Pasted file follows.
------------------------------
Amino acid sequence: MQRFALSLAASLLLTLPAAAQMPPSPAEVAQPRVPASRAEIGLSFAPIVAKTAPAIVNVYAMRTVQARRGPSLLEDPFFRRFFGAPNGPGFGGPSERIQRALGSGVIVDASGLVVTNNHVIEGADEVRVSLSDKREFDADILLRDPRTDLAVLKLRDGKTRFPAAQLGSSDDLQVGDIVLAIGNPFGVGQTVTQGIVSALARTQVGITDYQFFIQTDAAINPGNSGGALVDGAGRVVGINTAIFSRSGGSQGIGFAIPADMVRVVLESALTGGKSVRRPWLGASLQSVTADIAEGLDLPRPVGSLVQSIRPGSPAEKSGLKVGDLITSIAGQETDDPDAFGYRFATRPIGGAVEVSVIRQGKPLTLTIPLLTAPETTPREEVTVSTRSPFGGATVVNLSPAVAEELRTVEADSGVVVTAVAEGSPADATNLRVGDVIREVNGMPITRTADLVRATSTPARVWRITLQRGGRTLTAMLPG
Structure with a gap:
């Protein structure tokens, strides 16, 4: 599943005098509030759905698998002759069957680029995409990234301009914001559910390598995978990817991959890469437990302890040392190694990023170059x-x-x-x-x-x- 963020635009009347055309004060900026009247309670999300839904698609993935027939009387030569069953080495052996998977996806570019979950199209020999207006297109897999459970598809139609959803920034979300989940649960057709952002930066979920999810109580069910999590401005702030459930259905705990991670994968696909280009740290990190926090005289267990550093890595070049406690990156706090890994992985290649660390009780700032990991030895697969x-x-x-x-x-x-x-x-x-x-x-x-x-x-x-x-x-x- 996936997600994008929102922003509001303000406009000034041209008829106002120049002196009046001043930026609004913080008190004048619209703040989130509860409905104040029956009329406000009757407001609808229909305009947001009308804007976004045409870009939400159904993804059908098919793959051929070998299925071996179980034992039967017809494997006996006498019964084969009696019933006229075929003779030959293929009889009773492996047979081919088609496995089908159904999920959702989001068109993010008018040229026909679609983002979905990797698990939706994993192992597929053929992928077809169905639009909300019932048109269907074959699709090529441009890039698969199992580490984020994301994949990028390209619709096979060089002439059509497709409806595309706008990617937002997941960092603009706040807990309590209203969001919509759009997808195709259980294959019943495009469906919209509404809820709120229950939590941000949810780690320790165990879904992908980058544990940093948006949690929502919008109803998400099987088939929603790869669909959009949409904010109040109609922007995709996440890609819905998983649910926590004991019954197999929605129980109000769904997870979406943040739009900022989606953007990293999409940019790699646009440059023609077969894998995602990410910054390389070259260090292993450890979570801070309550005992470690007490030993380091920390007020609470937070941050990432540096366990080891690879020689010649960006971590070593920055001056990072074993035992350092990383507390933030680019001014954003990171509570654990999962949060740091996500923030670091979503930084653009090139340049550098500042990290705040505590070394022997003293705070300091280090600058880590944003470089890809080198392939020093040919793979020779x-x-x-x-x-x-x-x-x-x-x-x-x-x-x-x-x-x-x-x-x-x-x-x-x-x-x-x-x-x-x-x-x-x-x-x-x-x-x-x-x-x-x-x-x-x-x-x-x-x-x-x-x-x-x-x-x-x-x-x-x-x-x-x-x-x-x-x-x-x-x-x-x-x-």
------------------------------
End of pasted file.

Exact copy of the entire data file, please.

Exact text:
Amino acid sequence: MQRFALSLAASLLLTLPAAAQMPPSPAEVAQPRVPASRAEIGLSFAPIVAKTAPAIVNVYAMRTVQARRGPSLLEDPFFRRFFGAPNGPGFGGPSERIQRALGSGVIVDASGLVVTNNHVIEGADEVRVSLSDKREFDADILLRDPRTDLAVLKLRDGKTRFPAAQLGSSDDLQVGDIVLAIGNPFGVGQTVTQGIVSALARTQVGITDYQFFIQTDAAINPGNSGGALVDGAGRVVGINTAIFSRSGGSQGIGFAIPADMVRVVLESALTGGKSVRRPWLGASLQSVTADIAEGLDLPRPVGSLVQSIRPGSPAEKSGLKVGDLITSIAGQETDDPDAFGYRFATRPIGGAVEVSVIRQGKPLTLTIPLLTAPETTPREEVTVSTRSPFGGATVVNLSPAVAEELRTVEADSGVVVTAVAEGSPADATNLRVGDVIREVNGMPITRTADLVRATSTPARVWRITLQRGGRTLTAMLPG
Structure with a gap:
């Protein structure tokens, strides 16, 4: 599943005098509030759905698998002759069957680029995409990234301009914001559910390598995978990817991959890469437990302890040392190694990023170059x-x-x-x-x-x- 963020635009009347055309004060900026009247309670999300839904698609993935027939009387030569069953080495052996998977996806570019979950199209020999207006297109897999459970598809139609959803920034979300989940649960057709952002930066979920999810109580069910999590401005702030459930259905705990991670994968696909280009740290990190926090005289267990550093890595070049406690990156706090890994992985290649660390009780700032990991030895697969x-x-x-x-x-x-x-x-x-x-x-x-x-x-x-x-x-x- 996936997600994008929102922003509001303000406009000034041209008829106002120049002196009046001043930026609004913080008190004048619209703040989130509860409905104040029956009329406000009757407001609808229909305009947001009308804007976004045409870009939400159904993804059908098919793959051929070998299925071996179980034992039967017809494997006996006498019964084969009696019933006229075929003779030959293929009889009773492996047979081919088609496995089908159904999920959702989001068109993010008018040229026909679609983002979905990797698990939706994993192992597929053929992928077809169905639009909300019932048109269907074959699709090529441009890039698969199992580490984020994301994949990028390209619709096979060089002439059509497709409806595309706008990617937002997941960092603009706040807990309590209203969001919509759009997808195709259980294959019943495009469906919209509404809820709120229950939590941000949810780690320790165990879904992908980058544990940093948006949690929502919008109803998400099987088939929603790869669909959009949409904010109040109609922007995709996440890609819905998983649910926590004991019954197999929605129980109000769904997870979406943040739009900022989606953007990293999409940019790699646009440059023609077969894998995602990410910054390389070259260090292993450890979570801070309550005992470690007490030993380091920390007020609470937070941050990432540096366990080891690879020689010649960006971590070593920055001056990072074993035992350092990383507390933030680019001014954003990171509570654990999962949060740091996500923030670091979503930084653009090139340049550098500042990290705040505590070394022997003293705070300091280090600058880590944003470089890809080198392939020093040919793979020779x-x-x-x-x-x-x-x-x-x-x-x-x-x-x-x-x-x-x-x-x-x-x-x-x-x-x-x-x-x-x-x-x-x-x-x-x-x-x-x-x-x-x-x-x-x-x-x-x-x-x-x-x-x-x-x-x-x-x-x-x-x-x-x-x-x-x-x-x-x-x-x-x-x-």